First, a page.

And it makes me sweat. And while I am not one to care to exude masculinity, there is something very satisfyingly masculine about doing 220-pound leg presses and sweating enough that wiping down the machine actually does something.

I still hate to run, and I will probably only run in the park again from thugs or ex-girlfriends, but I appreciate it.

Kind of like Opera...

But that's for another blog post.

Tuesday, September 9, 2008

My Good Deed

Perhaps it's the fact that I am having some spiritual crises right now and constantly question my religious beliefs, but I must say that I've always thought it's more important to be a good person than a good Jew.

So today I was going for a bite between classes. I went to Wendy's because...well...I don't need to justify myself to you people.

There was a homeless man holding the door open as I walked in. Usually these guys ask for change on the way out, and I typically give them change. In my mind, they earned it by holding the door for me. (This is how I justify it rather than just giving change to those guys just sitting on the street.)

This man, as I walked in, said, "Would you get me a hamburger?" I'm sure he said it to everyone who went in, but I stopped in my tracks and said, "You got it!"

Eight-nine cents (plus tax) later, I was leaving and he was eating a hamburger. He was delighted and grateful. He said, "God bless you." The thing that surprised me about this is the fact that I got great pleasure out of his well-wish of the religious sense.

I can't explain it. Perhaps it's the same joy I get out of a "Merry Christmas." It has nothing to do with the religion, it's just the fact that someone else notices me to wish me well, which is something that happens so rarely in New York City.

Or maybe it's because I think the blessings will matter if I'm wrong, God does exist, and Hell does exist...

I guess it's nice to be covered -- in Karma and blessings. Eighty-nine cents (plus tax) is a small price to pay for that.

Monday, September 8, 2008

Primary season...again

There's a Primary on Tuesday. Who knew?!

I certainly didn't...until I got a postcard from someone to tell me she's been endorsed by the New York Times, League of Women Democrats, and Amphibious Democrats of America, among other organizations. (Okay...so that last one's made up...) This postcard was, of course, to tell me to vote for her.

I now have a civic and ethical dilemma: Do I vote on Tuesday? I know nothing of those voting -- or for what offices. I didn't even know my district until I looked it up merely hours ago. The candidate list the city government puts out is 74 pages long and I don't feel like scanning for those I am eligible to vote for. I could pull random levers...I could write in my brother for everything (except for the office I'm most qualified for)...I could take my mother's approach and vote for all the Jews on the ballot.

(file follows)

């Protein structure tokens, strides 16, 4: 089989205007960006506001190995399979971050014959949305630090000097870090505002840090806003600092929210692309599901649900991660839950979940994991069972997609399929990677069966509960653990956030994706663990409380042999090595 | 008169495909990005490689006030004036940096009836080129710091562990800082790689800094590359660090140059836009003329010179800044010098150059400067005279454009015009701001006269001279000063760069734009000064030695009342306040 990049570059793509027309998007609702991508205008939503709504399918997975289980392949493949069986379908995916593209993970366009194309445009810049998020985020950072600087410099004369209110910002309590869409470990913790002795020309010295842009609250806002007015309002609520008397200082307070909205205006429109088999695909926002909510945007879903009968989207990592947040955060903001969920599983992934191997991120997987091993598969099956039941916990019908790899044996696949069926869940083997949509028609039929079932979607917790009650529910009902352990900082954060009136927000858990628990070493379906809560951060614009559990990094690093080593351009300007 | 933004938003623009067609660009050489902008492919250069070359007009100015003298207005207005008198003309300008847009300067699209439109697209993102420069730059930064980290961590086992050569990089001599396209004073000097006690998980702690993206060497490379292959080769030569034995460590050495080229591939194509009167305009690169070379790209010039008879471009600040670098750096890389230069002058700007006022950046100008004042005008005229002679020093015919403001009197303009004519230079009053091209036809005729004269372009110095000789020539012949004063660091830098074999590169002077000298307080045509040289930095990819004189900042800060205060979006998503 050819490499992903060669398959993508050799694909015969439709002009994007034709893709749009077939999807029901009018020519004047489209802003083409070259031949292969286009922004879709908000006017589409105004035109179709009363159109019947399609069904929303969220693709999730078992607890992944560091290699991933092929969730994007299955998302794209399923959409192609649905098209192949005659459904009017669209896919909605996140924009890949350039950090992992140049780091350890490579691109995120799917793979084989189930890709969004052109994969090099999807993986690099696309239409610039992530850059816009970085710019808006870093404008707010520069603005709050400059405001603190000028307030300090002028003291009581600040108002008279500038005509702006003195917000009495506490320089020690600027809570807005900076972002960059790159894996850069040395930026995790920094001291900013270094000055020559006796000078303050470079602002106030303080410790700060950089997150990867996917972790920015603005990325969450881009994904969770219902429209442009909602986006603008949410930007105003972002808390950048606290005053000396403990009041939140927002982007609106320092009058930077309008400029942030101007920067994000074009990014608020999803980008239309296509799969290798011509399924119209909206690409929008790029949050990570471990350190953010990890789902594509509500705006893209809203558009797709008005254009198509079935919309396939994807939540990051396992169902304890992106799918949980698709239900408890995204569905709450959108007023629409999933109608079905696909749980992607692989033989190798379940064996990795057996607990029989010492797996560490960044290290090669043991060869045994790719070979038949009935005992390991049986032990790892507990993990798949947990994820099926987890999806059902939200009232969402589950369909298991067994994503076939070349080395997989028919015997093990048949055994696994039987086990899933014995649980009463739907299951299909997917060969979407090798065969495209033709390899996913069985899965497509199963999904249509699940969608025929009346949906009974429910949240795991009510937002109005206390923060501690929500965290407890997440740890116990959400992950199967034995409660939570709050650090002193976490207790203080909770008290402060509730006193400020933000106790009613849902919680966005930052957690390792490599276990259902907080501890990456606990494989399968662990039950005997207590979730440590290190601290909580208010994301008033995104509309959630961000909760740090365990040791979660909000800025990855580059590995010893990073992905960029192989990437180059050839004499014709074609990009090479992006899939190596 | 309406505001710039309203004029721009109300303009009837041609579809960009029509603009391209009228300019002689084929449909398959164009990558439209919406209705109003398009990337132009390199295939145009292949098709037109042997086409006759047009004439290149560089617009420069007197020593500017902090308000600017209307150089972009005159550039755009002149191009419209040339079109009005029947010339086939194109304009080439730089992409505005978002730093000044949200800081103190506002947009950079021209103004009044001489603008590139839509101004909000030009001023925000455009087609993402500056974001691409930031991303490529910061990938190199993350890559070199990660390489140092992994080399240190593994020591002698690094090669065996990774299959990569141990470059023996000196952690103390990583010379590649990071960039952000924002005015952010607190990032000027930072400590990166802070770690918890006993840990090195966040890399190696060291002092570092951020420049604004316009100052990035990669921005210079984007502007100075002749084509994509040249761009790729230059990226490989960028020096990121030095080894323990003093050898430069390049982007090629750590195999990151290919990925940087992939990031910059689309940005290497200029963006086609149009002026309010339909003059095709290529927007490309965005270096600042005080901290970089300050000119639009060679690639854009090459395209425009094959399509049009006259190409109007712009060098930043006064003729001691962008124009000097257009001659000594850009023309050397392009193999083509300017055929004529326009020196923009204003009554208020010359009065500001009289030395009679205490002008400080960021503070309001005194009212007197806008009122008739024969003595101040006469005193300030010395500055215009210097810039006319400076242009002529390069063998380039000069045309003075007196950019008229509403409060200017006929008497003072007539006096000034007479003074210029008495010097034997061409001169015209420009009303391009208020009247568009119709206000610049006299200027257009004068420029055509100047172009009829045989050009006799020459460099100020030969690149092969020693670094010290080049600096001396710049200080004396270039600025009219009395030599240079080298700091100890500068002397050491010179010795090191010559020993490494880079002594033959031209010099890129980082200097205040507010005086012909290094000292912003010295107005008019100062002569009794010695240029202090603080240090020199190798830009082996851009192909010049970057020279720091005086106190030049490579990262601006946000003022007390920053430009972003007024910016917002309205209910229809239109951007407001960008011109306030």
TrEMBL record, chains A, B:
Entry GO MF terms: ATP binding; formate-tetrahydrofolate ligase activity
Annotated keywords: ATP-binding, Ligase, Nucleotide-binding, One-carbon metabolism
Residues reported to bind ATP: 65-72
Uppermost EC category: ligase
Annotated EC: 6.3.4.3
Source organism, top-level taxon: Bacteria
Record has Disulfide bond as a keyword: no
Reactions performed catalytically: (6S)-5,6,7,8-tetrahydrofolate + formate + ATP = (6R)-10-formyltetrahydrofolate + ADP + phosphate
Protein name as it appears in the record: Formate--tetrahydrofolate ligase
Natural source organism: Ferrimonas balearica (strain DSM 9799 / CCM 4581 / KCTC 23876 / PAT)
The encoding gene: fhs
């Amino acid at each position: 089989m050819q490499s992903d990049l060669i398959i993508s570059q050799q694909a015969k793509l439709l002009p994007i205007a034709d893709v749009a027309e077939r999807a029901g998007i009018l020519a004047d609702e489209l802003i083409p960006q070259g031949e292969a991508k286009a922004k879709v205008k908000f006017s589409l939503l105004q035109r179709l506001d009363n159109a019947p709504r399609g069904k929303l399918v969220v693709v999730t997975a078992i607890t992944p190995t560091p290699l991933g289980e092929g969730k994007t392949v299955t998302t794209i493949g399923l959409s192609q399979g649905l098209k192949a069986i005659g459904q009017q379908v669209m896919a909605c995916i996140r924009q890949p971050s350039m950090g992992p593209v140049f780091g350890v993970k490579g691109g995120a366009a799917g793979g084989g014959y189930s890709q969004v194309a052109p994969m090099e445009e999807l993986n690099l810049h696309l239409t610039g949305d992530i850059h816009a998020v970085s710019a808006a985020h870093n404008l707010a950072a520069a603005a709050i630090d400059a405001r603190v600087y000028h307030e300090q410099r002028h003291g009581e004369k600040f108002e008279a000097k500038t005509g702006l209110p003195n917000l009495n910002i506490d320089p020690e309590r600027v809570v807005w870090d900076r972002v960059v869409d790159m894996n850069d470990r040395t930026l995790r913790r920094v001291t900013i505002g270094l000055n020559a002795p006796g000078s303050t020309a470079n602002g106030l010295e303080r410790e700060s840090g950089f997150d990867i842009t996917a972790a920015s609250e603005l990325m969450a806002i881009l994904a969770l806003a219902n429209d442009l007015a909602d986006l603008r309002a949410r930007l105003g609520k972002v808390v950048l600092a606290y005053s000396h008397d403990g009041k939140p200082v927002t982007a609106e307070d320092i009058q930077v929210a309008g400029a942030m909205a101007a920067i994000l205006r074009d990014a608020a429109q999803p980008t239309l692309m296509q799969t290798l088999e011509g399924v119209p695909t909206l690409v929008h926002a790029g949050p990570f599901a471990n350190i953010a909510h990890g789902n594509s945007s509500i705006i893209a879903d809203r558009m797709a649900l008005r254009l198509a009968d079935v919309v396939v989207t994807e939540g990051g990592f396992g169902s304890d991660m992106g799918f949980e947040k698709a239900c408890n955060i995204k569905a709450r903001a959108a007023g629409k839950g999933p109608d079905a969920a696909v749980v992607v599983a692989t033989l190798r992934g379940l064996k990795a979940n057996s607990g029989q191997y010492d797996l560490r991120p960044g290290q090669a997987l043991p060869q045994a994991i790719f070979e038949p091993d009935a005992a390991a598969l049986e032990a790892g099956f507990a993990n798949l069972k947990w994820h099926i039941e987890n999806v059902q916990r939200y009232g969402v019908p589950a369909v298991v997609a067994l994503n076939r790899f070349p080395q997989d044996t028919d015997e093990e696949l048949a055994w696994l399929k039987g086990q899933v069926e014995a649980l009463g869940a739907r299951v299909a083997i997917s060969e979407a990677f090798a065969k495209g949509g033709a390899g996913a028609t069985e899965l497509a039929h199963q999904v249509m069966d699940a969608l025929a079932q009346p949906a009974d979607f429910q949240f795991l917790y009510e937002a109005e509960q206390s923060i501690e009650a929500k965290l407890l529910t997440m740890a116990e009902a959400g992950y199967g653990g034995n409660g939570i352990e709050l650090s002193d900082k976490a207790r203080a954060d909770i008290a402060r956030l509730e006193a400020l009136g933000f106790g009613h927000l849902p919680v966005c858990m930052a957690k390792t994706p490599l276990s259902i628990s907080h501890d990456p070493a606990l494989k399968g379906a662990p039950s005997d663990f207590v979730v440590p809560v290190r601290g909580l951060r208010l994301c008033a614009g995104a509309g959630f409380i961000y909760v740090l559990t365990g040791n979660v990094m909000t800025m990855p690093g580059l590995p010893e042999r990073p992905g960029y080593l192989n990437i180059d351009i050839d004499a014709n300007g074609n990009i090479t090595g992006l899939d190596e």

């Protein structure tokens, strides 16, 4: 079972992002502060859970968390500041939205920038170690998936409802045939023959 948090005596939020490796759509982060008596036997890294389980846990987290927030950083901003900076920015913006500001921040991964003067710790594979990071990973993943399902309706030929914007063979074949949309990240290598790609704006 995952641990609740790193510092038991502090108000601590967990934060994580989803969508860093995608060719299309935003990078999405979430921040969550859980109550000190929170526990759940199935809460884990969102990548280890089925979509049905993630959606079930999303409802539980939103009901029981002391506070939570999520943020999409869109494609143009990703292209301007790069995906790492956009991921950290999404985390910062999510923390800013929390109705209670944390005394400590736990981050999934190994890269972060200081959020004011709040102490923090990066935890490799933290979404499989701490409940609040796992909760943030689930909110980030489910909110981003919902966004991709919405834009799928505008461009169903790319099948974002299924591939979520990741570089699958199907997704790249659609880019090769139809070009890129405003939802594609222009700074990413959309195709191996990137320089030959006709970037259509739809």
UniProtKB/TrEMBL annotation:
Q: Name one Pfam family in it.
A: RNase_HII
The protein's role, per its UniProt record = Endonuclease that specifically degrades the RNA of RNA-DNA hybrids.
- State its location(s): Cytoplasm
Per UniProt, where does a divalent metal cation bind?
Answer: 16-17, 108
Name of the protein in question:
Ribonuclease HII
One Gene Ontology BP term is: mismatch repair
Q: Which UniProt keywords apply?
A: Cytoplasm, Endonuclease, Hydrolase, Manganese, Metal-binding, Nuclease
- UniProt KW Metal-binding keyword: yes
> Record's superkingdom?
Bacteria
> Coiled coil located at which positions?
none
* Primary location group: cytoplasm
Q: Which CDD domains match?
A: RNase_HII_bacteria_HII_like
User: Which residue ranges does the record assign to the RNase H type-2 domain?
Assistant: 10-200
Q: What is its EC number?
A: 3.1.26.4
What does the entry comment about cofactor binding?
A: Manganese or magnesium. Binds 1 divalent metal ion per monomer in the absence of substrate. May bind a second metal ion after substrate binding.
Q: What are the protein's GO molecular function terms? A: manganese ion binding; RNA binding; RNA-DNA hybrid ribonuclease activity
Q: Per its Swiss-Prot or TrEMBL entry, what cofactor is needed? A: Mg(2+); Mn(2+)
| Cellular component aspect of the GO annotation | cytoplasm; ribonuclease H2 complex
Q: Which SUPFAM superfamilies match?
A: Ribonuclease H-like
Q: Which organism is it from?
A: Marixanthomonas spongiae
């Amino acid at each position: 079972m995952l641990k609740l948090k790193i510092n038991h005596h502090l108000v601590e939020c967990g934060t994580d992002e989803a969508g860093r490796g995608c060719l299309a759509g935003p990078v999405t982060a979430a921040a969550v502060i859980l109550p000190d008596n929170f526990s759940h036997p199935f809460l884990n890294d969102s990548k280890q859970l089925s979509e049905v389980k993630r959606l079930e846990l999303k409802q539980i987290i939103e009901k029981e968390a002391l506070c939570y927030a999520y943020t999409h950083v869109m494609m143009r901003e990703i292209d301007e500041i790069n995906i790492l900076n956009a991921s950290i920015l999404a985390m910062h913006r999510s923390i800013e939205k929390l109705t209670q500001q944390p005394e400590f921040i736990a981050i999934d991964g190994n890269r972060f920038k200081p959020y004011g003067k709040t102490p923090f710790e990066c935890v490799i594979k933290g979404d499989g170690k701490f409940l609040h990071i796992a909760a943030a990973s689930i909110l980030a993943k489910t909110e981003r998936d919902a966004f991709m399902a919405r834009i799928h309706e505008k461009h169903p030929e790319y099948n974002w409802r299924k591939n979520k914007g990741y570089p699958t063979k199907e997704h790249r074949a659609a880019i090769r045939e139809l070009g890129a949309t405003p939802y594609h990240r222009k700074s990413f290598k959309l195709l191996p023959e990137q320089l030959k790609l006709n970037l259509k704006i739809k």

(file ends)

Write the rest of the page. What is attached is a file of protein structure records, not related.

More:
So I'm not sure what to do -- or what I will do -- but I have nothing better to do Tuesday, so I think I will vote.

Alexander Yellen for City Comptroller! And City Counsel! And local selectman! And school board!

But not Civil Court. I'm voting for Nancy Bannon. The Times endorsed her! (Or so my mail told me...)

Thursday, September 4, 2008

September 3 Free-Write

So I'm in a poetry class. I've never taken a poetry class. Hell, I've never even been in a legit writing class. (I was in a class called "developing ideas for film" which was kind of a writing class, but it was more a film studies class...and my writing requirement was waived...still unsure how I talked my way into that one.)

So we had a free-write, as we will every week -- or so we're told. The instructor turned on music -- a track from the Miles Davis and Gil Evans album "Sketches of Spain." One of my favorites. I know almost every note of the whole album -- left to right, top-down. It was surprisingly easy to tune out the music and write with it on, and surprisingly difficult to write once he silenced it. I couldn't even finish my thought once the music was gone.

Anyway -- here's the poem that ended up coming out of me. Even though we were told later not to use the words 'life', 'love', 'soul', or 'death' in any poem, I can't figure out how -- or if -- to edit it out here.

This is the first poem I've written in a long time. Be kind, I guess...

(I also think I'm probably going to post select poems here when they're written, or if I need help from you, my readers...all nine of you.)

(note, I had some funky spacing to the poem, but blogger doesn't so much like it...oh well...)
I lay here -
an afternoon quickly turning to evening.
The sun sets slowly behind the boats on the bay.
The colors
purple orange red yellow
reflect off the sand
brown green, silver.
It's hard not to look up at the sun,
but it hurts.
Turns out the sun burns.

Sunglasses take away the sting,
but they take away the beauty.
Is this what sages mean when they say:
from pain comes beauty, and with beauty, pain?

It's like memories of first love:
the memories, beautiful
the act of remembering, pain.

I took her (and every girl since) to
this exact spot at
this exact time to experience
this exact feeling
Each time, she battled pain while I experienced beauty
looking into the warmth of her eyes
rather than the heat of the sun.